A lthough wood-driven nanocellulose was first produced in 1983 by Herrick and Turbak, its commercial production postponed till 2010, mainly due to the high production energy consumption and high production cost. Innventia AB (Sweden) established the first nanocellulose pilot production plant 2010. Companies and research institutes actively producing micro and nano fibrillated cellulose include: American Process (US), Borregaard (Norway), CelluComp (UK), Chuetsu Pulp and Paper (Japan), CTP/FCBA (France), Daicel (Japan), Dai-ichi Kyogo (Japan), Empa (Switzerland), FiberLean Technologies (UK), InoFib (France), Nano Novin Polymer Co. (Iran), Nippon Paper (Japan), Norske Skog (Norway), Oji Paper (Japan), RISE (Sweden), SAPPI (Netherlands), Seiko PMC (Japan), Stora Enso (Finland), Sugino Machine (Japan), Suzano (Brazil), Tianjin Haojia Cellulose Co. Ltd (China), University of Maine (US), UPM (Finland), US Forest Products Lab (US), VTT (Finland), and Weidmann Fiber Technology (Switzerland). Companies and research institutes actively producing cellulose nanocrystals include: Alberta Innovates (Canada), American Process (US), Blue Goose Biorefineries (Canada), CelluForce (Canada), FPInnovations (Canada), Hangzhou Yeuha Technology Co. (China), Melodea (Israel/Sweden), Sweetwater Energy (US), Tianjin Haojia Cellulose Co. Ltd (China), and US Forest Products Lab (US). Companies and research institutes actively producing cellulose filaments include: Kruger (Canada), Performance BioFilaments (Canada), and Tianjin Haojia Cellulose Co. Ltd (China). Cellucomp (Scotland) produces Curran, a root-vegetable based nanocellulose.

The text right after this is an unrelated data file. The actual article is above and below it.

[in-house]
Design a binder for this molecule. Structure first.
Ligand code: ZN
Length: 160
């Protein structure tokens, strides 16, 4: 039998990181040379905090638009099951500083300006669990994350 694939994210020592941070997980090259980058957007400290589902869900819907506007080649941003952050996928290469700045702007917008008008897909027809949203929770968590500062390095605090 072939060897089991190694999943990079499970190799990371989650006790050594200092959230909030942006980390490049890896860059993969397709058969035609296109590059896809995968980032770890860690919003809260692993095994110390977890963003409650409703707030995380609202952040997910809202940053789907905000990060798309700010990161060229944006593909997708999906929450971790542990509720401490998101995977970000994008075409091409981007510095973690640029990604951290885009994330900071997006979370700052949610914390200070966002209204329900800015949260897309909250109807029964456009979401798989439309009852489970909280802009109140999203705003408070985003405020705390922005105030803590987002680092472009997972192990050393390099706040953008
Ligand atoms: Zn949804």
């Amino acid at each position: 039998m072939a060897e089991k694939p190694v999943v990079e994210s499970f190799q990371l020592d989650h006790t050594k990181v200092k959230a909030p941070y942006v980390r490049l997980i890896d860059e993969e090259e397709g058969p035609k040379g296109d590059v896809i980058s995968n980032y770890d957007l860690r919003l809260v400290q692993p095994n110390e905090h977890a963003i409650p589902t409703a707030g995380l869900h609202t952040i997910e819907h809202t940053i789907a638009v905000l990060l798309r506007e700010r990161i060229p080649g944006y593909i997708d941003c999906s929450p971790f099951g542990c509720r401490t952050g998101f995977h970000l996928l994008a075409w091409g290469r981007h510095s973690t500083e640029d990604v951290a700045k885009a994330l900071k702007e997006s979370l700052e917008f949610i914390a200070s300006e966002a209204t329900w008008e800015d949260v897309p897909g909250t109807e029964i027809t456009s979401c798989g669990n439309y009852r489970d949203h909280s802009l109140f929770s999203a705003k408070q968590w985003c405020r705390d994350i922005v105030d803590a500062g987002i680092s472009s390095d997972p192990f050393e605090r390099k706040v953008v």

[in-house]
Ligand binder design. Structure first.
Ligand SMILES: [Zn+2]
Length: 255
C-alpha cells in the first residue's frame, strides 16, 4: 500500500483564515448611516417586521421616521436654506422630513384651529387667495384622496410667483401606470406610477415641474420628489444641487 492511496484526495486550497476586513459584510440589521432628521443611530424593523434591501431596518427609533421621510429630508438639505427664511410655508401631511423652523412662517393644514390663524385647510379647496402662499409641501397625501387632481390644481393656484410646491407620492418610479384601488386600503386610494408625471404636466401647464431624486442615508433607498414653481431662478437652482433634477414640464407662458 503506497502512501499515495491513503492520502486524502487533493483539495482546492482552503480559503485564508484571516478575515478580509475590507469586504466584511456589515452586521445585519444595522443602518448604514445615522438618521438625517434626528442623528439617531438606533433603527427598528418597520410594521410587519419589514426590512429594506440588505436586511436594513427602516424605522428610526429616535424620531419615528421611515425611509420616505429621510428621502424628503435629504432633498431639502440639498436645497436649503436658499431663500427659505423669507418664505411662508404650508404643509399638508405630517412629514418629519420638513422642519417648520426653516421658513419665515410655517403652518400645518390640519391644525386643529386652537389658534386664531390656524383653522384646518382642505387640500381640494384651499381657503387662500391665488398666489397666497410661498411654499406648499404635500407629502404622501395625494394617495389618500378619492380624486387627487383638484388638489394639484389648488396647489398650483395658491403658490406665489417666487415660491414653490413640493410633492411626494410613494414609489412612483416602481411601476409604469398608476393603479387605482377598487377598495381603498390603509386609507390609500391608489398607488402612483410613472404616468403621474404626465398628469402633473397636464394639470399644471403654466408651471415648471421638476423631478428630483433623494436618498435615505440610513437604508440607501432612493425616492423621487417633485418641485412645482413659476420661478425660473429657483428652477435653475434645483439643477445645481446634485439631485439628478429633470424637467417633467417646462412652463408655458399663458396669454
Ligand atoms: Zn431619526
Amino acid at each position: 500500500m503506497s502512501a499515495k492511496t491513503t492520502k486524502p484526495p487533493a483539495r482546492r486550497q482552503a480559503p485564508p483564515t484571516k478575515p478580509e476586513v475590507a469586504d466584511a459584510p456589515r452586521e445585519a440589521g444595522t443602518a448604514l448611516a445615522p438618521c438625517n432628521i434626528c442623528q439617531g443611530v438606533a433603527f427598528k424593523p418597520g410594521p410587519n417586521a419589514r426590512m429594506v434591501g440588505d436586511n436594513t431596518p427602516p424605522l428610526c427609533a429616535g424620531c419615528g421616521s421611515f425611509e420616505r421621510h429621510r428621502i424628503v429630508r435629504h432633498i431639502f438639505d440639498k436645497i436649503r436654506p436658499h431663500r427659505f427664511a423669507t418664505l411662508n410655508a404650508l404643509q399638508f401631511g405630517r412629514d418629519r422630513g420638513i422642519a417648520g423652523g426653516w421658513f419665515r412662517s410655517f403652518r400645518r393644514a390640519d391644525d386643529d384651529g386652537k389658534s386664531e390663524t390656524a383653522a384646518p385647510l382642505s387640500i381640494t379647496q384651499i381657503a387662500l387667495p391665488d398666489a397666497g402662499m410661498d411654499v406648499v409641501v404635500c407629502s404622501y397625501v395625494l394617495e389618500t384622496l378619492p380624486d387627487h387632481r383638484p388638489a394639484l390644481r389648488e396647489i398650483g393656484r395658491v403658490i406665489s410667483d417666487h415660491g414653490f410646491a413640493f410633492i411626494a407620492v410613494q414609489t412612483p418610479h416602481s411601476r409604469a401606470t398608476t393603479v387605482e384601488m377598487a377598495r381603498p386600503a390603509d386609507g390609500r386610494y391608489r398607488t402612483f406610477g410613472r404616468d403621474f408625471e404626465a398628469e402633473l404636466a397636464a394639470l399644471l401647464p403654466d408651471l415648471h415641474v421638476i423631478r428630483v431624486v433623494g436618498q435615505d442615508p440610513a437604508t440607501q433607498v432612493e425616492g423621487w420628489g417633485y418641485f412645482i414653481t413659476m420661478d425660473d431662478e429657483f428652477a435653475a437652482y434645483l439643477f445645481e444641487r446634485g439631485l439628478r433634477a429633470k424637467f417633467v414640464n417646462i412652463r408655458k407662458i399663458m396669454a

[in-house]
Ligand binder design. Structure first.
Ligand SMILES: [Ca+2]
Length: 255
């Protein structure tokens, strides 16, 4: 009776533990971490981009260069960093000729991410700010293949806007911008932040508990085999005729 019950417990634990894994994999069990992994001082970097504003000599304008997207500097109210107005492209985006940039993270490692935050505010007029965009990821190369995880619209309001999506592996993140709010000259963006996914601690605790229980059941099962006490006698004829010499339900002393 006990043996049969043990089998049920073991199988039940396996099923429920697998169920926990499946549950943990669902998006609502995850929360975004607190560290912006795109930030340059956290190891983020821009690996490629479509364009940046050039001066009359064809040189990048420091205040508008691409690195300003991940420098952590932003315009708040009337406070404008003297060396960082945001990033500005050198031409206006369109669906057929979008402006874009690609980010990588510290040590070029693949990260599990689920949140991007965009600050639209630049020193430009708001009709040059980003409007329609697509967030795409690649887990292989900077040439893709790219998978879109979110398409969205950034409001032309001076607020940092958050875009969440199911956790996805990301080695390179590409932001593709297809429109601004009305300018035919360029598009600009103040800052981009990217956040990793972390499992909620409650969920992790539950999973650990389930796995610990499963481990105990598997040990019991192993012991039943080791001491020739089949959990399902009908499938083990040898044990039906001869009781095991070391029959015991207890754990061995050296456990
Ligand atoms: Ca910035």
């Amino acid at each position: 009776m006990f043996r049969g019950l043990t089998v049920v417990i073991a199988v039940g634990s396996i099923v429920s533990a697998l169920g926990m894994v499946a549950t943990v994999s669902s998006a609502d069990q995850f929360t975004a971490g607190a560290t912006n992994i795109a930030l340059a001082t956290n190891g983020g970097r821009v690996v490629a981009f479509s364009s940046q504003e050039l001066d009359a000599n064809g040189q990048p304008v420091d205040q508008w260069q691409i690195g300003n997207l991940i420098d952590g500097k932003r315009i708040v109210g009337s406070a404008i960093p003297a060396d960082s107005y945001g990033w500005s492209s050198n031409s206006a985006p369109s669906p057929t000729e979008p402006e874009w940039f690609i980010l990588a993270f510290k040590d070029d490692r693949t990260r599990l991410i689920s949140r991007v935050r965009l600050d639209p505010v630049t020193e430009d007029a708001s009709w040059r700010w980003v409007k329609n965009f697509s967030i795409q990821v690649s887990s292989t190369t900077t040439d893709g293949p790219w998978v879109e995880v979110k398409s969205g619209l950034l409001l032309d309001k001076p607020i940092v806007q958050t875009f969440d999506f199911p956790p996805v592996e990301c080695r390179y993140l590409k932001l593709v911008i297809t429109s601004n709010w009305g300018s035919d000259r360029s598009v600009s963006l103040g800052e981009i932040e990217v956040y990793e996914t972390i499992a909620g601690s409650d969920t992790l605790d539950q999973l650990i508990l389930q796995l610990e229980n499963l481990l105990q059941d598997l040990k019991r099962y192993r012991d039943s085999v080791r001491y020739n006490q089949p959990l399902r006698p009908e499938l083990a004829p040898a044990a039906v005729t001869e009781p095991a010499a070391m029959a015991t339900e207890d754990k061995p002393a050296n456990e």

This leaves me with a couple of questions: Is my understanding of the nanocellulose story insular or Is the Wikipedia entry a little US-centric? It’s entirely possible the answer to both questions could be yes.
Demand for nanocellulose is growing worldwide. The global market was valued at US$0.4 billion in 2022 (A$0.6bn) and is expected to grow to US$2 billion by 2030 (A$3.1bn). Bacterial nanocellulose produced from food waste can help to satisfy this demand.
This growth is in part due to how we can use nanocellulose instead of petroleum-based and other non-renewable materials in things like packaging. Among its desirable properties, nanocellulose is also fully biodegradable.
Having neither the research skills nor the resources to investigate the impact the money (and power) have on science in Canada, more specifically, on our fisheries and oceans, I have to thank the Canadian Science Media Centre for the link to a paper on the topic.